"Breakaway brands essentially stretch the boundaries and challenge the conventional patterns of consumption."


Disruptive innovation involves launching a new product, technology or process to an existing market. This innovation often takes a few years to prove successful, but if consumer adoption occurs, established companies must quickly adapt to compete with the innovation.

Example: Tide

One of the biggest trends in FMCG is having a strong direct-to-consumer subscription strategy to take advantage of the convenience value proposition. In late 2016, Proctor and Gamble launched a Tide Pod subscription service, which allows customers to buy the laundry products directly from the company’s website, cutting out longstanding retail partners like Walmart. On top of this subscription service, Tide is doubling down on the convenience value proposition by testing a program called Tide Spin in Chicago. This is an Uber-style service that will pick up, wash, fold, and then deliver laundry. Tide is betting on the Millennial urban sprawl to continue, and this additional program will allow them gain new fans as branded and private-label competition increases.

"This innovation often takes a few years to prove successful, but if consumer adoption occurs, established companies must quickly adapt to compete with the innovation."


Radical innovation is what most people mean when they use the term “innovation,” but it’s actually the rarest type. This innovation gives birth to new markets, and because it’s so drastic, it sometimes can take upwards of a decade or more to prove successful.

Example: Campbell Soup

Much has been in the news lately about the disconnect between the products legacy food brands offer and the products consumers want to buy. Though Campbell Soup is facing those same challenges, it recently invested in a radical innovation by an early-stage startup called Habit. Habit is a nutrition-focused startup that uses data from an at-home test kit to make personalized food recommendations tailored to an individual’s unique DNA. Campbell’s investment is an effort to get ahead of changing consumer tastes and make a bet on the future of food, which it believes will be at the intersection of personalized nutrition, well-being and technology. Though the personalized nutrition technology ecosystem is still a bleeding-edge trend, it pairs well with the current “healthier for you” movement in food and beverage that will inevitably continue to get more popular with Millennials and Generation Z entering full buying power.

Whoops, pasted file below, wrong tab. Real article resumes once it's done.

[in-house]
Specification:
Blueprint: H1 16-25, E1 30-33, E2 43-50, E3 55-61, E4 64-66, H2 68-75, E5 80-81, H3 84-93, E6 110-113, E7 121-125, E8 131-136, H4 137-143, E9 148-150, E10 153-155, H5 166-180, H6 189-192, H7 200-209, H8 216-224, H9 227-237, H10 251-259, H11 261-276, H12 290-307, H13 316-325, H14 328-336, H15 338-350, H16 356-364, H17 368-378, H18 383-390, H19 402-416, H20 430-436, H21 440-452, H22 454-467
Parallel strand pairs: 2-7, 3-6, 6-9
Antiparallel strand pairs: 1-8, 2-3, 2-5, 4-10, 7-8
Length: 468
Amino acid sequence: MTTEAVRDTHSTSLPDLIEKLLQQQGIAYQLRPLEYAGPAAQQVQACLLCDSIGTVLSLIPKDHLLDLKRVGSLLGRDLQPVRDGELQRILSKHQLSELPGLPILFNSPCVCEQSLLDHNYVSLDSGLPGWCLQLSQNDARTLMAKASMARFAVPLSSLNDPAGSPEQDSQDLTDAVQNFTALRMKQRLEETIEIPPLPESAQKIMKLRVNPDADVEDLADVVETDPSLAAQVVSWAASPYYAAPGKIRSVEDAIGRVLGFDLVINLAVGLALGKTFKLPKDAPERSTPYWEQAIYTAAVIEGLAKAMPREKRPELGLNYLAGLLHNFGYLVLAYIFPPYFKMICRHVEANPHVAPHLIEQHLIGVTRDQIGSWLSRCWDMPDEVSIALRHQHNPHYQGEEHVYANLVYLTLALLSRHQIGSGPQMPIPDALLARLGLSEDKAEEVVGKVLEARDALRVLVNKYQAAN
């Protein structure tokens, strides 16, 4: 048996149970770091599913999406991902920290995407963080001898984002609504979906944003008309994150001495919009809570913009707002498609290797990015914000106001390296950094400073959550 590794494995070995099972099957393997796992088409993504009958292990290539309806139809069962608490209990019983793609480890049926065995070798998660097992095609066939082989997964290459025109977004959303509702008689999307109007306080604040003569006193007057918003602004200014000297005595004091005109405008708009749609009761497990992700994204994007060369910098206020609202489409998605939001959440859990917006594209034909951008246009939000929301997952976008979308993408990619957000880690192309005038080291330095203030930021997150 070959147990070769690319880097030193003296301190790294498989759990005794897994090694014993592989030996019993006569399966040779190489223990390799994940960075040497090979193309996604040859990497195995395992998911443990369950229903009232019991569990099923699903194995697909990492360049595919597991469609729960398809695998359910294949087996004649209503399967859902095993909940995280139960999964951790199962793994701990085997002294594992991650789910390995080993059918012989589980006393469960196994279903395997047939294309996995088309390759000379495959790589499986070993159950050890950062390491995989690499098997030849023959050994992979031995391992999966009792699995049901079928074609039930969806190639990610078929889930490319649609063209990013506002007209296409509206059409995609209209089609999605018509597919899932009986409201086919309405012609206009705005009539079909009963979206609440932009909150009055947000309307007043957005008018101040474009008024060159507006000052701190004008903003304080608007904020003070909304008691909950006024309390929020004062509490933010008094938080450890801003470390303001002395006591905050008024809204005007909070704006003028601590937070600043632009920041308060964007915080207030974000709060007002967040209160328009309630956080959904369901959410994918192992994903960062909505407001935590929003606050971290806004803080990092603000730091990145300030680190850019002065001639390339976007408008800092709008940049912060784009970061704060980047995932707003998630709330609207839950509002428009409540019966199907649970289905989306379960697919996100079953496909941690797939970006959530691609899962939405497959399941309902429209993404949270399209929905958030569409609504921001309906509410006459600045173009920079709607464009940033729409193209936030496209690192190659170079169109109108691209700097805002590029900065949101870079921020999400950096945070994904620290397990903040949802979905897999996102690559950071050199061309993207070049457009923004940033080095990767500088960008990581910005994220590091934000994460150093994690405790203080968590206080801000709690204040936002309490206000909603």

Bonus: Big CPG Has an R&D Problem (and How to Fix It)

Joshua Schall, MBA has an 11-year background in the emerging and intersecting CPG/FMCG categories of functional food and beverage and nutritional products.

He currently is the owner of J. Schall Consulting, an Austin, TX-based boutique management consulting company that focuses on digital growth strategies for CPG/FMCG brands that range from pre-launch to portfolio companies with $500M in yearly revenue.

Joshua enjoys an active healthy lifestyle but still finds himself spending way too much time scanning social media and digital grocery aisles for new consumable brands.